Helicopter Money 

#GS3 #Economy 

News : Telangana chief KCR asks RBI to go for ‘helicopter money’, increasing FRBM limits. 

News : The U.S. needs more “helicopter money” to help its economy recover from the effects of the coronavirus pandemic, said Anthony Scaramucci, a hedge fund investor who briefly served as President Donald Trump’s White House communications chief. 

What is Helicopter Money 

Helicopter Money, also known as the helicopter drop is an unconventional and a hypothetical monetary policy tool involving the printing of huge amount of money to be distributed to the public for stimulating the economy.  

  • It is a metaphorical term alluding to unconventional measures followed to kickstart the economy during deflationary periods. 
  • Helicopter money is the term used for a large sum of new money that is printed and distributed among the public, to stimulate the economy during a recession or when interest rates fall to zero.  
  • It is also referred to as a helicopter drop, in reference to a helicopter scattering supplies from the sky. 

“Helicopter Money”: Its Origin 

  • Milton Friedman a noted economist was the first one to use the term “Helicopter Money”. However, the term gained popularity in 2002 when the then Federal Reserve Governor Ben Bernanke made a reference to the term in his speech. 

Helicopter Money – In detail: 

  • Despite the fact that the original idea of a helicopter drop sets out a description of payments being made directly to the individuals, economists make use of the term while referring to a wide range of policy ideas like the permanent monetization of budget deficits including elements of attempting to shock beliefs regarding future inflation or the nominal growth of GDP, with the view of changing expectations. 
  • Another series of policies, similar to the original description of helicopter money, and more innovative in the context of monetary history, involves the central bank making direct transfers to the private sector financed with base money, without the direct involvement of fiscal authorities. This has also been referred to as a citizens’ dividend or distribution of future seigniorage. 
  • It is sometimes suggested as an alternative to Quantitative Easing when the economy is in a liquidity trap (a state of the economy where the interest rates are nearing zero and recession persists in the economy).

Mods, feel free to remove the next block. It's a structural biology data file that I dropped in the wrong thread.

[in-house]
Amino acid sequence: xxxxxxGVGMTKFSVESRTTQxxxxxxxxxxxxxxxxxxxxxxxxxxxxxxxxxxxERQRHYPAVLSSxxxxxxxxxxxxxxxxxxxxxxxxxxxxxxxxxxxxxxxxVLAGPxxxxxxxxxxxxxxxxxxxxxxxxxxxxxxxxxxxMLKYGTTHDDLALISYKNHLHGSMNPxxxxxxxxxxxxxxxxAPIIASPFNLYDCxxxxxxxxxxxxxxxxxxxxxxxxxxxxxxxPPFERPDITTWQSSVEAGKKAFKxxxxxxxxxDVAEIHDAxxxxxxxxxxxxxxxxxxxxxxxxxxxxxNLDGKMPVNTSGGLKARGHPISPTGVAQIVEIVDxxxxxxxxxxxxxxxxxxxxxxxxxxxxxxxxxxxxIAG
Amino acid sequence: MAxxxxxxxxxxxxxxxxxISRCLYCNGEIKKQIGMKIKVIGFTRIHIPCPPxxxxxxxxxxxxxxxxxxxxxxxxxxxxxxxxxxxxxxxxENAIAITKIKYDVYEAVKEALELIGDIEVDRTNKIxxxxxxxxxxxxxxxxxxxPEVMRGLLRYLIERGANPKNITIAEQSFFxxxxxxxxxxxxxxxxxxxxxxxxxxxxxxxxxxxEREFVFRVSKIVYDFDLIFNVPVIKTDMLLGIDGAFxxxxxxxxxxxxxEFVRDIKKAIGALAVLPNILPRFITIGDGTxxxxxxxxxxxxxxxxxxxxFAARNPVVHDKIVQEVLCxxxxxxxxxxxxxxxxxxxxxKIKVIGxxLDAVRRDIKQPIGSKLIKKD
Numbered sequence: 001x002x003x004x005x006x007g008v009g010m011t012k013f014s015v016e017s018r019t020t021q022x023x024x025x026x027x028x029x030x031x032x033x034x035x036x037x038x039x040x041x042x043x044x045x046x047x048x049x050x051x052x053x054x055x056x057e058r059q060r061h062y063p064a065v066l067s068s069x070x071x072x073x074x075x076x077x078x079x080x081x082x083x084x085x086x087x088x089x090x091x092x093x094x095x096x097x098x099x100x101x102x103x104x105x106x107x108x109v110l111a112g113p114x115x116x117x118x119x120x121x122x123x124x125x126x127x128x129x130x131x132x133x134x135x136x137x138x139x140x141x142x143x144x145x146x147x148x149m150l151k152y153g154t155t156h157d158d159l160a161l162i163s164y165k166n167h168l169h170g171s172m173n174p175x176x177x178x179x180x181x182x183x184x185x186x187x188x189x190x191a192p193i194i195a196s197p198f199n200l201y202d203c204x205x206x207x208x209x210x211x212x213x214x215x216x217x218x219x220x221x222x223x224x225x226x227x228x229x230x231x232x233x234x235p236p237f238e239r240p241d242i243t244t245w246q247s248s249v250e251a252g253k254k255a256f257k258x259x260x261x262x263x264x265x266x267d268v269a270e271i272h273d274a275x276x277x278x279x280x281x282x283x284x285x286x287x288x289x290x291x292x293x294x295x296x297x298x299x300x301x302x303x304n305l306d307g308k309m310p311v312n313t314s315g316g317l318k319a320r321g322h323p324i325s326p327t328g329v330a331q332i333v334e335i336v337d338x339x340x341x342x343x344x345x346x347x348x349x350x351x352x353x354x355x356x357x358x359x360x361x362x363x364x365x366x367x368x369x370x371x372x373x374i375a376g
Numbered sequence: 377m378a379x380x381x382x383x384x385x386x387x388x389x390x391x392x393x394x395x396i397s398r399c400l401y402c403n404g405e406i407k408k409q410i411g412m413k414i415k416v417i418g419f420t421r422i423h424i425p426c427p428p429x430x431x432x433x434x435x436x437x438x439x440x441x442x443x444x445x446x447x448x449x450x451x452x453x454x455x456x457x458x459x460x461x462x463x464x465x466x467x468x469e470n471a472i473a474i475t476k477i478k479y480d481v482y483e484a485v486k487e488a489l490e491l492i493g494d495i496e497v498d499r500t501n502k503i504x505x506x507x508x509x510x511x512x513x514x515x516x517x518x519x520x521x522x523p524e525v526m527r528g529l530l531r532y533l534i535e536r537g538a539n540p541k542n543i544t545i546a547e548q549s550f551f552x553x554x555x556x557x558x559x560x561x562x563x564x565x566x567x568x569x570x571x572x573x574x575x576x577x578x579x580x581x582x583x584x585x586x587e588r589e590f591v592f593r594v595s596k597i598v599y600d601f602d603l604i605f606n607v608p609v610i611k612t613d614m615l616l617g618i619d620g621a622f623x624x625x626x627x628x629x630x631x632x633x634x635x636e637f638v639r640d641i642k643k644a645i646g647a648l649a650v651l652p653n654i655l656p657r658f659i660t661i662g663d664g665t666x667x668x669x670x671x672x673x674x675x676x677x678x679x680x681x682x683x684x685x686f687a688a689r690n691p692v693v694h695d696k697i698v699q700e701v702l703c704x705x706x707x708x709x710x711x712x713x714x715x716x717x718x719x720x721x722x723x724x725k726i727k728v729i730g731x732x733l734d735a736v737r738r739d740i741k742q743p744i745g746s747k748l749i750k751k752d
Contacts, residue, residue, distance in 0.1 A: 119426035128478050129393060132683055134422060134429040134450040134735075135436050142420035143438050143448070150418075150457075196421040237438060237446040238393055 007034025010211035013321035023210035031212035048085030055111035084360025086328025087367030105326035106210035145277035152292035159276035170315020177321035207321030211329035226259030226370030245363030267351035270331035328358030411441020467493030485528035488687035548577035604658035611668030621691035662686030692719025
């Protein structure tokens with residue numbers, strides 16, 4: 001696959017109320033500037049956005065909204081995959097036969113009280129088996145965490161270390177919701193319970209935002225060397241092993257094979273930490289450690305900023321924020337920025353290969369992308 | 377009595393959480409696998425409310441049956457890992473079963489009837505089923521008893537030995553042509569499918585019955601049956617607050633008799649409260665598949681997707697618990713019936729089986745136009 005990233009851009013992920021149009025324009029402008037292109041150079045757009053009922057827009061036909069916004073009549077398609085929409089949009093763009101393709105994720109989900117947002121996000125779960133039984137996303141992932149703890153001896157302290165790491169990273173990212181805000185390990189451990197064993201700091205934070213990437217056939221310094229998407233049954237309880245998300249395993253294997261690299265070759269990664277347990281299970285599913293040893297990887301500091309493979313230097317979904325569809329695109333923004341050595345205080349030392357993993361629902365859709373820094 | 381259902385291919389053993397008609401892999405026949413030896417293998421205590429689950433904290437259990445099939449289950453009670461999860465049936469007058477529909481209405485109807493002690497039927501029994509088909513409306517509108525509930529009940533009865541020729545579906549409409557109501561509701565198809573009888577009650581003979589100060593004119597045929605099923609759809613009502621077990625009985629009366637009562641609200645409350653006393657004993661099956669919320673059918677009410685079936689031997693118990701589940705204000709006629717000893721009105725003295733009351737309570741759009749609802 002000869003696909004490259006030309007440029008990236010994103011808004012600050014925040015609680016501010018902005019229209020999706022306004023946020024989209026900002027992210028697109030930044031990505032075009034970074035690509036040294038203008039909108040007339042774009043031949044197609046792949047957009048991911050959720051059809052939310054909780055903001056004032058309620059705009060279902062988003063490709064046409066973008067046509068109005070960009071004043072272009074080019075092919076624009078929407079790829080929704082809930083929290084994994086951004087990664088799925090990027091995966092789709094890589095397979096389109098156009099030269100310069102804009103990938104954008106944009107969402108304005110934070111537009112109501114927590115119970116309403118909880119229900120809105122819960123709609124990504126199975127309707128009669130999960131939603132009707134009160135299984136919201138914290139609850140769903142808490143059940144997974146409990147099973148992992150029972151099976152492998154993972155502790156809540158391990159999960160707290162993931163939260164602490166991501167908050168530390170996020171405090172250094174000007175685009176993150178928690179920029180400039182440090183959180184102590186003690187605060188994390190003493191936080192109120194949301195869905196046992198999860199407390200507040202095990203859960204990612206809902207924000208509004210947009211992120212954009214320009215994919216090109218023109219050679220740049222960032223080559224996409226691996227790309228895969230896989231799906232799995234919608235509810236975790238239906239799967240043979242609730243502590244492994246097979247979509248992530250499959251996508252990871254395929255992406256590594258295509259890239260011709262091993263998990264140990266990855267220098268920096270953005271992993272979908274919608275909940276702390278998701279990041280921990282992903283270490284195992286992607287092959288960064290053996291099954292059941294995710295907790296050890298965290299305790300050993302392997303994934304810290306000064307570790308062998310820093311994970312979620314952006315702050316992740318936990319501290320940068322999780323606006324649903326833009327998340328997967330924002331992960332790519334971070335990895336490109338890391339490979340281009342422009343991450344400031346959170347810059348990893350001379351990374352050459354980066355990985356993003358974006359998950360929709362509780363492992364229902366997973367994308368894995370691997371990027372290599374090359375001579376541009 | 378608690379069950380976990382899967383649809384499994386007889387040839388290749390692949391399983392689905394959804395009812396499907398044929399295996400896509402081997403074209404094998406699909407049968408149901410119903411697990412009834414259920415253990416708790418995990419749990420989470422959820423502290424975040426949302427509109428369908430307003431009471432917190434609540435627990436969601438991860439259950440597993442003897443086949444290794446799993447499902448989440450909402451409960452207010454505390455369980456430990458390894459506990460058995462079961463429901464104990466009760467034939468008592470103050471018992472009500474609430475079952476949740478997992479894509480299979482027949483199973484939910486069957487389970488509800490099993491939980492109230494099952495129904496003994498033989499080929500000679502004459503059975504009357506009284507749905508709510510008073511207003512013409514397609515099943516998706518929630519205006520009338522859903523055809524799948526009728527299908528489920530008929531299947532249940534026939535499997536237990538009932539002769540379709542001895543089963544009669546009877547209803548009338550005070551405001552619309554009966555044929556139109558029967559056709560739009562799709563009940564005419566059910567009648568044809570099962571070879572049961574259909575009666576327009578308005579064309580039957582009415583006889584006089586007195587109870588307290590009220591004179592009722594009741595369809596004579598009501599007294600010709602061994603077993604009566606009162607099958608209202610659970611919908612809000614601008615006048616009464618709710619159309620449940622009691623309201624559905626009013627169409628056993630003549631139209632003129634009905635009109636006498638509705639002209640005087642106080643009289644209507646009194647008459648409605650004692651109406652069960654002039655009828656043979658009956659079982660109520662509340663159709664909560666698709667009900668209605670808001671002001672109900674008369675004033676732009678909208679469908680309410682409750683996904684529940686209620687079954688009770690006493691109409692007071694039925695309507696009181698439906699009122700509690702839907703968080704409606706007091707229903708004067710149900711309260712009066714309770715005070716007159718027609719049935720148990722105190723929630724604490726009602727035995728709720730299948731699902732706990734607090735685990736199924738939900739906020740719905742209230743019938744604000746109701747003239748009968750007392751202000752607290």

• According to the proponents of the term, it is a efficient way for increasing the aggregate demand, specifically in the situation of a liquidity trap, when the central bank has reached the Zero Nominal Lower Bound 
  • Although the original definition of helicopter money describes a situation where central banks distribute cash directly to individuals, more modern use of the term refers to other possibilities, such as granting a universal tax rebate to all households, financed by the central bank. 

Helicopter money - Examples 

  • If a country faces slow or no growth, it could consider a helicopter drop. For example, in 2016, Japan considered using helicopter money to assist with the country’s slowing growth. 
  • Financial markets showed concerned with the decision, as participants feared hyperinflation and currency devaluation.  
  • So, the Bank of Japan (BoJ) opted for an alternative method to increase monetary supply. 
  • This included different partnerships and purchases such as government bonds, infrastructure outlays and payments to lower-income earners. 

Helicopter money - Pros 

  • Helicopter money does not rely on increased borrowing to fuel the economy, which means that it doesn’t create more debt and interest rates can remain unchanged.  
  • Generally, helicopter money boosts spending and economic growth more effectively than quantitative easing because it increases aggregate demand – the demand for goods and services – immediately. 
  • While government money drops that come from debt might not boost consumer spending, due to the debt needing to be repaid, it is often thought that ‘money finance’ will stimulate the economy. 

Helicopter money - Cons 

  • Unlike quantitative easing, using helicopter money as a tactic is not reversible, and many argue that it’s not a feasible solution to revive the economy. 
  • A country’s central bank sets its interest rates to reach economic growth targets. However, a helicopter drop means that a central bank cannot use interest rates to recover any costs, because the money is not linked to a borrowed asset (loan).  
  • Instead, the money is given directly to the public. This may lead to over-inflation and cause damage to the central bank’s financials. 
  • One of the main risks associated with helicopter money is that it could lead to a significant devaluation of the currency on the foreign exchange market.  
  • As more money is printed and supply increases, the value of the domestic currency could significantly decrease. It could also discourage speculators from buying the currency as it is less likely to perform well. 
Print Friendly and PDF
blog comments powered by Disqus